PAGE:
A scintilla is the illegals firm that they need. And I don't know what a scintilla is, but it's a suffice to say, sliver, it's a tiny amount. It's like a sliver of, I'm gonna, I'm gonna add a, a scintilla of cinnamon to this, these cookies, you know, it's, it's a small dash. Um, so that's not what we're talking about in this particular case, even though we don't have a body, as you're gonna see, we're about to go through it. The district attorney definitely has some arguments to point to as to why they think that Suzanne Morphews death, uh, not only happened, but happened at the, at the hands of her husband, Barry morph.
So let's, let's dive into this. What is the DA's argument that a crime act actually committed? Because remember we have, we have no body, we have no murder weapon. We have no crime scene. Yep. We have, we have none of that. But the, the police and the da do have some things, first thing they have is a missing person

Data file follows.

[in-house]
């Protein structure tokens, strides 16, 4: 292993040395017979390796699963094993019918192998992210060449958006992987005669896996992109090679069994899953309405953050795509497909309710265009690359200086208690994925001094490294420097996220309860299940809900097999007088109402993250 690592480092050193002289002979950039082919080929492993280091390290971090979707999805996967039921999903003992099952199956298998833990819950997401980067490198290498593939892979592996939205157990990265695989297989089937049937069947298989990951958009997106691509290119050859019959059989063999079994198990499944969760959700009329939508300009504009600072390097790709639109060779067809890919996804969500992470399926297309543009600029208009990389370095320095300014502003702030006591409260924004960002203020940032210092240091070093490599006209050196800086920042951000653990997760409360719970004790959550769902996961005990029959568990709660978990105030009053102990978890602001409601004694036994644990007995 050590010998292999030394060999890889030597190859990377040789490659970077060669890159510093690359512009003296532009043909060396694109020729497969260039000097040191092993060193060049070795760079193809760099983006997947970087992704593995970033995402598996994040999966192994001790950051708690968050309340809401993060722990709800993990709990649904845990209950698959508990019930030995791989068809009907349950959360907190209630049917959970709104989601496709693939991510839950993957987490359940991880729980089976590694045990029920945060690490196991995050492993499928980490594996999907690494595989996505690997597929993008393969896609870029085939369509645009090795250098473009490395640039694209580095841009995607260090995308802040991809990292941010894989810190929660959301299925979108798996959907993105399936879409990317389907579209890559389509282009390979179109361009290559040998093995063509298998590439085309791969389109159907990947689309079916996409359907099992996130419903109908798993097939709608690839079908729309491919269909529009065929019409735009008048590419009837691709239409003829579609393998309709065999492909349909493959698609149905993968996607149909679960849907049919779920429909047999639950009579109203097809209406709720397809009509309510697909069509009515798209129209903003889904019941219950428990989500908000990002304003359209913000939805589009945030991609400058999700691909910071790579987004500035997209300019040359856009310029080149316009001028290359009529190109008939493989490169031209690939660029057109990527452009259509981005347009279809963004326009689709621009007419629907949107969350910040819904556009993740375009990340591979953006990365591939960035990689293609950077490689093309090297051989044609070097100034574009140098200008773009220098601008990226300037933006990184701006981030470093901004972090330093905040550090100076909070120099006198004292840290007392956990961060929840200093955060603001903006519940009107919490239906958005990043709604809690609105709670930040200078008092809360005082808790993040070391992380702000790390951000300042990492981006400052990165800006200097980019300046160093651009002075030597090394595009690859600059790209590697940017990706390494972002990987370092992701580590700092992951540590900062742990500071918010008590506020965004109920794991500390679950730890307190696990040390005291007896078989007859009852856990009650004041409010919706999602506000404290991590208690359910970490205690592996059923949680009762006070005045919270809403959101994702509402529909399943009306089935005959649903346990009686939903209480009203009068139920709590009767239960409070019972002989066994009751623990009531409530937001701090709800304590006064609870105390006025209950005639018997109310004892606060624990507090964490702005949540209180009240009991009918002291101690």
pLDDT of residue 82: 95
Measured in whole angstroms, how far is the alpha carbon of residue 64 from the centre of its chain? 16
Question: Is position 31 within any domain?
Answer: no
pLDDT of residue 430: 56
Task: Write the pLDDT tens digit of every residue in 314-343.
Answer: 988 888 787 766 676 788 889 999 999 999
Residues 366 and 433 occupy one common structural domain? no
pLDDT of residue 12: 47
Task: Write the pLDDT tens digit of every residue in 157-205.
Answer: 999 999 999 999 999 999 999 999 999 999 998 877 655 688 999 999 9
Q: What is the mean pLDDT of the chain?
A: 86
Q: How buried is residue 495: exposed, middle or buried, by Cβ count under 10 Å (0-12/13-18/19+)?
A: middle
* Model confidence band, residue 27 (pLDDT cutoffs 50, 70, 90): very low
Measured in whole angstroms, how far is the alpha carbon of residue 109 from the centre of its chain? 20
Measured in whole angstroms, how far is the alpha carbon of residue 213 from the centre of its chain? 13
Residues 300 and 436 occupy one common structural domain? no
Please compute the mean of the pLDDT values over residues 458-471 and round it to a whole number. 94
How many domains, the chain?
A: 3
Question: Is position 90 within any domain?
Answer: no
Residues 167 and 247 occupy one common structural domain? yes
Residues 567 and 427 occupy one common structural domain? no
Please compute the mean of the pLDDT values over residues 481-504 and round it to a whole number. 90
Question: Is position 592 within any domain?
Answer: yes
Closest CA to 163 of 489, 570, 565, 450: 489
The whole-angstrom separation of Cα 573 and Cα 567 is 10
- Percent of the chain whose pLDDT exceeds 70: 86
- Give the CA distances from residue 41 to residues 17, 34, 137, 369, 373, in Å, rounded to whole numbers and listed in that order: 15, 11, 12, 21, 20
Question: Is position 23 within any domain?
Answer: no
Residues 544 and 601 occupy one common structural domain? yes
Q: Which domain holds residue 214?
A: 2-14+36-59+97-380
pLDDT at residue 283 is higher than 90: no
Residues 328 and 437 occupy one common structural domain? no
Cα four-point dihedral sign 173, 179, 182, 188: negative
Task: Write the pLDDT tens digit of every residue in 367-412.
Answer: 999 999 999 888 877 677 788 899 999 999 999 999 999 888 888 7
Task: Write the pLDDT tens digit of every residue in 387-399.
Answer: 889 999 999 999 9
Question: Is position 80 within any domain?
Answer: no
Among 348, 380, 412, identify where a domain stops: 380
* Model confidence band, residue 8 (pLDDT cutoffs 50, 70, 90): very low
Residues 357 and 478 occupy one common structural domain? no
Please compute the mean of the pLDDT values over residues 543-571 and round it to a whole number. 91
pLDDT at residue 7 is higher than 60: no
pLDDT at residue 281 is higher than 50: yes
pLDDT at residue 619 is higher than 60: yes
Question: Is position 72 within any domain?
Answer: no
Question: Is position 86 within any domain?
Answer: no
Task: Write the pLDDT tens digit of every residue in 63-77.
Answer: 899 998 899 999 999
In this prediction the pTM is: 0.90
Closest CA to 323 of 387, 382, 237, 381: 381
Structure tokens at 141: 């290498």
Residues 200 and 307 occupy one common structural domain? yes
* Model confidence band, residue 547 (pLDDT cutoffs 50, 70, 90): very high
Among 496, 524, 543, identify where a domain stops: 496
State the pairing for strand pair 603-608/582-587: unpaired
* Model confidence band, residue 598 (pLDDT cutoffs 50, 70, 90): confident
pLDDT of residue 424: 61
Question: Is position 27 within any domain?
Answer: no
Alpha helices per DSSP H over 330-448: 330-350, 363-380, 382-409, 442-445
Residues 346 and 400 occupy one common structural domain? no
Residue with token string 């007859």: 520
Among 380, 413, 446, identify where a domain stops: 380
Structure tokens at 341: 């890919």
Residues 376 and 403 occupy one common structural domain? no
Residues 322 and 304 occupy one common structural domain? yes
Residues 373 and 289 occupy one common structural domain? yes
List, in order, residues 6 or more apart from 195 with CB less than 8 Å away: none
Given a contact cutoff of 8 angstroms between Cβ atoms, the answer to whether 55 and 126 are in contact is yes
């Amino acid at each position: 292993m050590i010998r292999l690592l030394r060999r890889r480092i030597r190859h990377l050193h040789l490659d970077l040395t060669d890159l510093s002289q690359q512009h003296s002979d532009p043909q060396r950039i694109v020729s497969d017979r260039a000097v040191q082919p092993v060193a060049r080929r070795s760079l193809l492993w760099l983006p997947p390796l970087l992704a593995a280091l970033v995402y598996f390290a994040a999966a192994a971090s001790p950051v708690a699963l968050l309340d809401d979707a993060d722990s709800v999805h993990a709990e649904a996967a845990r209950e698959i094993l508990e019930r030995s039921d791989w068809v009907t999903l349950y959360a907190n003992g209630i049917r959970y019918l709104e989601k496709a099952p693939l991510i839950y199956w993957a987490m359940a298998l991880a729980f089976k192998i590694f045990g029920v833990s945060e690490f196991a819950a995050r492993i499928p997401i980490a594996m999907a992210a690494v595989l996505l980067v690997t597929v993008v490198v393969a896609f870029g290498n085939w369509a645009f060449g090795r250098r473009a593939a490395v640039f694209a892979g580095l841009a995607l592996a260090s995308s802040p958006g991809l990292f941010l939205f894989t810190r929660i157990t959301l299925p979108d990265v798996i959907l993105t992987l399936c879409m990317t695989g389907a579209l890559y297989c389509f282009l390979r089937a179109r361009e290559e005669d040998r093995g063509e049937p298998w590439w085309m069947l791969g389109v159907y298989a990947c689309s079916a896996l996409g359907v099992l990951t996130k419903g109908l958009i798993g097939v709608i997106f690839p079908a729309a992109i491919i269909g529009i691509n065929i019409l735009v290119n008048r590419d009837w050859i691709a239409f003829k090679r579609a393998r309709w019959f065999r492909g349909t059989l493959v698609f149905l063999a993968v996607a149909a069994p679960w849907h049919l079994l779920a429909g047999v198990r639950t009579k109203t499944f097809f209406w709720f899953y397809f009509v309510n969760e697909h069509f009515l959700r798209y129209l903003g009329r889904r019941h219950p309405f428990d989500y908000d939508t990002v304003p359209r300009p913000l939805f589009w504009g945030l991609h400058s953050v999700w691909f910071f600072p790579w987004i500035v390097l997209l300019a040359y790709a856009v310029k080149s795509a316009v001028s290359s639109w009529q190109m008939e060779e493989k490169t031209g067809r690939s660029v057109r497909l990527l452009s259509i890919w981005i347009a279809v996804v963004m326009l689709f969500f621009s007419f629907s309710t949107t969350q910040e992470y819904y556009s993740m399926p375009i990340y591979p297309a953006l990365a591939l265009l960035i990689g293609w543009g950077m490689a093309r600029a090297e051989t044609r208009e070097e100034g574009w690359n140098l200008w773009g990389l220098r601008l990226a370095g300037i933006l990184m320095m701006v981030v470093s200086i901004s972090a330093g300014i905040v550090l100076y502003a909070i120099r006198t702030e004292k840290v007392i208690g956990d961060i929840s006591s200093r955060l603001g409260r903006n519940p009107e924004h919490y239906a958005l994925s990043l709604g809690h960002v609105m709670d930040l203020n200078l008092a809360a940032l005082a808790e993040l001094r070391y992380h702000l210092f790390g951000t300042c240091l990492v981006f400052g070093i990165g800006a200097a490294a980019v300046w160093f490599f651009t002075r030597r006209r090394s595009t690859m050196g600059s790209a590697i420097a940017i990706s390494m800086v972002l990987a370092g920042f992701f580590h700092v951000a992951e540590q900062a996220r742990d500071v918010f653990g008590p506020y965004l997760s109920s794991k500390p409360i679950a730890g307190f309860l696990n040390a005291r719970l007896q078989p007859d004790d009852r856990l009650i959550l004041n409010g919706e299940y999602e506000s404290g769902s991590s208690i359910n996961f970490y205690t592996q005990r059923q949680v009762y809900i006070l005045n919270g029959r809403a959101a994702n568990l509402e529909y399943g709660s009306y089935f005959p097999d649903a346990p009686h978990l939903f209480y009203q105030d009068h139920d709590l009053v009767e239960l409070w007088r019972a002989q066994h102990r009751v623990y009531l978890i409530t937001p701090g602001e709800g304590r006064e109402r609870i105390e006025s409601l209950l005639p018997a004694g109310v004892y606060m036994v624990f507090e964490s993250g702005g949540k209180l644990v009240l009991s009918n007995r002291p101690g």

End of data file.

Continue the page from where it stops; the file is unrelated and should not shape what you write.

That that's right. And so we're gonna go through, uh, and talk about the, the DA's case here. Uh, and then we'll do the defense arguments after our, is this legal segment, but starting with what, where Russ just went, you know, we're in 2021 Russ, um, there are cameras everywhere there. Everybody has a phone. It, it's very, very rare in this day and age that a person just disappears without a trace. And you know, that is, that's essentially what the defense is kind of saying. They're, they're not offering explanation about that disappearance. They're just saying that she's in the wind that she's disappeared, but you know, she's still could be alive. Well, I mean, again, thinking about this, this is like not the 1970s or 1980s where law enforcement agencies don't always have efficient communication or where we just don't have technological advances relating to cell phone tracking, DNA testing, things like that. I mean, we've got a pretty modern technologically advanced criminal justice system. P people just don't walk away. Do they,